By Eleanor Tallon, 28th January 2021
It could be said that my ‘Open Justice’ observer experience didn’t get off to a very good start.
I tried from 8.20am on the 26th January 2022 to access a hearing before Mr Justice Hayden, which was at 10.30am. I had no response and continued to contact the court by phone, but to no avail, until Celia Kitzinger came to my aid and emailed the judge’s clerk directly on my behalf. Following that, I was sent login details to a viewing via ‘Cloud Video Platform’ at 11am, though there was no access to this, and it turned out the hearing had been mistakenly listed on the RCJ website as ‘hybrid’ (meaning both remote and in person access), when it was actually only open to observation in person.
I had some free time the next day so I tried again.
On the evening on 26th January, as soon as I spotted a case listed on the Open Justice Court of Protection Project Twitter feed, I emailed the Birmingham Court, as instructed, to request access to a hearing the following day (27th September 2022, COP 13607901, before Judge Thomas). I then followed up the request the next morning with a reminder, and received an email to say that the Judge would consider my request.
Further to this I received access and log in details and whilst frantically trying to gain entry, I had a very helpful phone call from (an administrator possibly?) from the Birmingham Court who helped me to navigate the technology and I successfully gained access (this seemed like an achievement in itself!).
The hearing was already underway, and the respondent’s counsel was in full flow, going through the details of various complaints made against the Local Authority. Mid -way through her delivery, the Judge stopped her and highlighted that ‘Ms Tallon has joined the proceedings’.
The Judge then went on to say that as I had only requested access at 10.50pm the evening before, she had not had time to go through formalities. She then referred to Claire Martin, another public observer (and core member of the Open Justice Court of Protection Project) who was also observing the proceedings and requested that we ‘kindly leave’. So that was that.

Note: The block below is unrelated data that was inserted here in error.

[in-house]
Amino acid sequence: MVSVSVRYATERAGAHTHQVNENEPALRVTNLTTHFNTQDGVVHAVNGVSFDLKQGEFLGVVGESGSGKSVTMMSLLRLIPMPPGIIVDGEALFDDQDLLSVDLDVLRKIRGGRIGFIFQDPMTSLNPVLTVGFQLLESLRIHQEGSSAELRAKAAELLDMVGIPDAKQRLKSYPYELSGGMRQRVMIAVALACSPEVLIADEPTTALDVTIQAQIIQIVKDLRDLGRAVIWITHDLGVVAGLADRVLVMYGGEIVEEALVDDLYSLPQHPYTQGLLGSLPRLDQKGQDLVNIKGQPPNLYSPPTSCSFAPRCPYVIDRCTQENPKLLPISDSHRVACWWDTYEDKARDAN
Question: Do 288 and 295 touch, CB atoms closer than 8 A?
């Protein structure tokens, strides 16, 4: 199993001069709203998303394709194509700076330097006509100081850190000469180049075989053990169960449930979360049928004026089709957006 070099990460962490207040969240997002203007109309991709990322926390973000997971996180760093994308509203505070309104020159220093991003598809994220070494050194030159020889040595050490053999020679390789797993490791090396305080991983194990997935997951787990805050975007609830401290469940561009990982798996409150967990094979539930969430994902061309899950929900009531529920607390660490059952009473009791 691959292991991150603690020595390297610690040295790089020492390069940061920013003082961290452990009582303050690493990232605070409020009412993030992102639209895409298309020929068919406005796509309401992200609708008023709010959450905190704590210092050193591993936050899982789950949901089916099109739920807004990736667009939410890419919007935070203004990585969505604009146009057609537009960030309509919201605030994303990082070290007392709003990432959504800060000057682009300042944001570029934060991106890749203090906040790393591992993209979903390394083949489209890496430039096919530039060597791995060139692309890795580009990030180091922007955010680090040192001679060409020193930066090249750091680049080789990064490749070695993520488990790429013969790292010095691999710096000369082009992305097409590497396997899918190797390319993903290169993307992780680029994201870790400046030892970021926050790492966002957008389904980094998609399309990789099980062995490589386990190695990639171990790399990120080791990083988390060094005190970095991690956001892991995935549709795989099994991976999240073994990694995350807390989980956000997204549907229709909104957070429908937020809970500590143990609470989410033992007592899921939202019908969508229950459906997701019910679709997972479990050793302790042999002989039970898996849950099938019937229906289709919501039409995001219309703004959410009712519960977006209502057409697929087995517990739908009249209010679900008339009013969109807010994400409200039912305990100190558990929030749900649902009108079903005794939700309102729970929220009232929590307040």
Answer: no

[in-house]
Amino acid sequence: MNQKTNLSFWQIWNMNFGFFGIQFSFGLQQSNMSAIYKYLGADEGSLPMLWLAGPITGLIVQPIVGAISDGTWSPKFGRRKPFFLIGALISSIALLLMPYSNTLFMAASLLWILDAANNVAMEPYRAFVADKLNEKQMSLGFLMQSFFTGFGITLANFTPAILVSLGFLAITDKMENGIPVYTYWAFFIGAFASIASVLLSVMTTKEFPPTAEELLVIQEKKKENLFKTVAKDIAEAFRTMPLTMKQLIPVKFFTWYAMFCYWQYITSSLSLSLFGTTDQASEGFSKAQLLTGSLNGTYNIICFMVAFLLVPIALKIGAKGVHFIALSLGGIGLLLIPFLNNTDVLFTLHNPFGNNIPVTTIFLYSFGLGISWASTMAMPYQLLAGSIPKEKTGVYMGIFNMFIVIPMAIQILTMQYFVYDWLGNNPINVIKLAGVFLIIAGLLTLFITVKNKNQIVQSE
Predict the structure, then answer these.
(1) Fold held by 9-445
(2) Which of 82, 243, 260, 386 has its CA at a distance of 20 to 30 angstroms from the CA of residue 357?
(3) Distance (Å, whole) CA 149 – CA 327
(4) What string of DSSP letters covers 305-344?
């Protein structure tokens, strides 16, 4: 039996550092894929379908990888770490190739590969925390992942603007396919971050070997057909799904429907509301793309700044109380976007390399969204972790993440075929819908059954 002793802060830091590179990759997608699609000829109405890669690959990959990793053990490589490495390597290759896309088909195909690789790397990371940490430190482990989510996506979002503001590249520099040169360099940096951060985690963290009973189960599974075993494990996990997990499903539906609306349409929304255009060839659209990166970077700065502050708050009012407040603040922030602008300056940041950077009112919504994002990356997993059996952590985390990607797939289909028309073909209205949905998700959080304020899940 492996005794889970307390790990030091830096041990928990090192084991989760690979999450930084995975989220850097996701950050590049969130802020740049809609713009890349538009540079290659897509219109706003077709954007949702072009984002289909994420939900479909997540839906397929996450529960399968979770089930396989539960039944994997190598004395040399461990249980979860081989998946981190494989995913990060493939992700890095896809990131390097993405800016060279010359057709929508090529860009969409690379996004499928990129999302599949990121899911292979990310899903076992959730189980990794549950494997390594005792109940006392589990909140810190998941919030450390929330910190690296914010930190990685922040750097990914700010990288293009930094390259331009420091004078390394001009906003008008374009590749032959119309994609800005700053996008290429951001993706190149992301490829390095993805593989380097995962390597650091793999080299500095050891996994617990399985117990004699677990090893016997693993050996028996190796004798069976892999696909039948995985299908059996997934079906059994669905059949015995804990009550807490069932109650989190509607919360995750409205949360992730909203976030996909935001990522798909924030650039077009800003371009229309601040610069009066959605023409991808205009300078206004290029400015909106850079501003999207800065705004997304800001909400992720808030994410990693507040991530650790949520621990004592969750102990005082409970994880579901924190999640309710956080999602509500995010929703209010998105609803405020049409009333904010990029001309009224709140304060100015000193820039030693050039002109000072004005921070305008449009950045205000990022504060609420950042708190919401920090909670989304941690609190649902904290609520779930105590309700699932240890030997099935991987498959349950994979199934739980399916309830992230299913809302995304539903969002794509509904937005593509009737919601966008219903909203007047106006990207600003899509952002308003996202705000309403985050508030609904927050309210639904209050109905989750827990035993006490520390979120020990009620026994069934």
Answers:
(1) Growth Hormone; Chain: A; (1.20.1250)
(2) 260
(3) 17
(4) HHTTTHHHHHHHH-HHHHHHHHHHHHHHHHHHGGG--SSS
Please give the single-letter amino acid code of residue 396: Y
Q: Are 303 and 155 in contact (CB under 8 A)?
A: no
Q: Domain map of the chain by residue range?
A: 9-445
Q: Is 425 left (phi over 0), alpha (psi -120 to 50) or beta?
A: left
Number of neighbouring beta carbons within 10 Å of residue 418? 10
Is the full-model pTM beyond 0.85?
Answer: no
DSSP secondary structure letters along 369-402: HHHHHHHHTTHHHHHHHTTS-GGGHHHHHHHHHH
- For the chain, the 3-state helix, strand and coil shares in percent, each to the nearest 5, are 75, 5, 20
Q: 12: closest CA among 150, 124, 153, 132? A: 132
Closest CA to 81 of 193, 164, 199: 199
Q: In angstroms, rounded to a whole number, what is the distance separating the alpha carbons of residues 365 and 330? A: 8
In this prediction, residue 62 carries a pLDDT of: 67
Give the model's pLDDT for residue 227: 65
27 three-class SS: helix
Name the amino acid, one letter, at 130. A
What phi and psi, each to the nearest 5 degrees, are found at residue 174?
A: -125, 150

Abrupt as it was, I duly obliged, and felt slightly down beaten at this point.
The advice from Celia had been that it was typical to request access on the morning of the hearing (as listings aren’t usually available until the evening before then) and I thought I had been one step ahead of the game by sending in my request the evening before. Clearly not – for this judge, anyway.
Thankfully I had already created a Plan B and had received access details for an 11.30am telephone conference hearing before Judge Hilder, so I swiftly moved onto finding out about the etiquette for phone hearings (seeking further advice from Celia, again gratefully received) and writing up my experience thus far.
I was just about to dial in to the phone conference to observe the hearing before Hilder J when I saw an email to say I could re-join the Birmingham hearing – I hadn’t realised I was going to be allowed back in!
At that point I felt it was worth committing to the phone hearing, and it turned out that it was in relation to a DOLS application (which I was pleased to hear as it felt like familiar territory). I was quickly admitted to the call, and as Celia had explained, the transparency order was explained to me by Judge Hilder. I asked if I could have a copy of the transparency order sent to me via email (as advised by Celia, who prefers to see transparency orders before publishing blogs about hearings). Judge Hilder politely declined to send me the transparency order and made it clear that the contents of the hearing could not be published. Therefore, I presumed there no prospect of sharing the content of that particular case with any other members of the public.(As it turned out, the phone hearing only lasted 15 minutes.)
It was odd to be part of a phone hearing, in that I’m very experienced as a Best Interest Assessor in attending virtual meetings (usually via Teams or Zoom) but have never in 13 years of professional life been part of a phone conference. It felt incredibly disconcerting not to have a visual picture of others and not to have the greatest sound quality, especially in respect of Judge Hilder. I think this was felt too by the Judge as she made a point of requesting a video conference for the next hearing.
Despite this shaky start, I am not discouraged. I actually now feel more equipped and confident about completing a successful observation next time, though I’m not sure I would have got even over the first hurdles were it not for Celia’s help.
I do think there is room for improvement in terms of allowing and facilitating public access to Court of Protection hearings (and our right to report from them) – and it seems there may be disparity between different judges in terms of how well they understand and implement access for public observers?
I hope to report back on a successful observation soon!
Eleanor Tallon is a Best Interests Assessor and Specialist Practitioner in MCA and DOLS. She tweets @Eleanor_Tallon
Photo by Zach Vessels on Unsplash
3 thoughts on “Not quite there yet: My first three attempts to observe a Court of Protection hearing”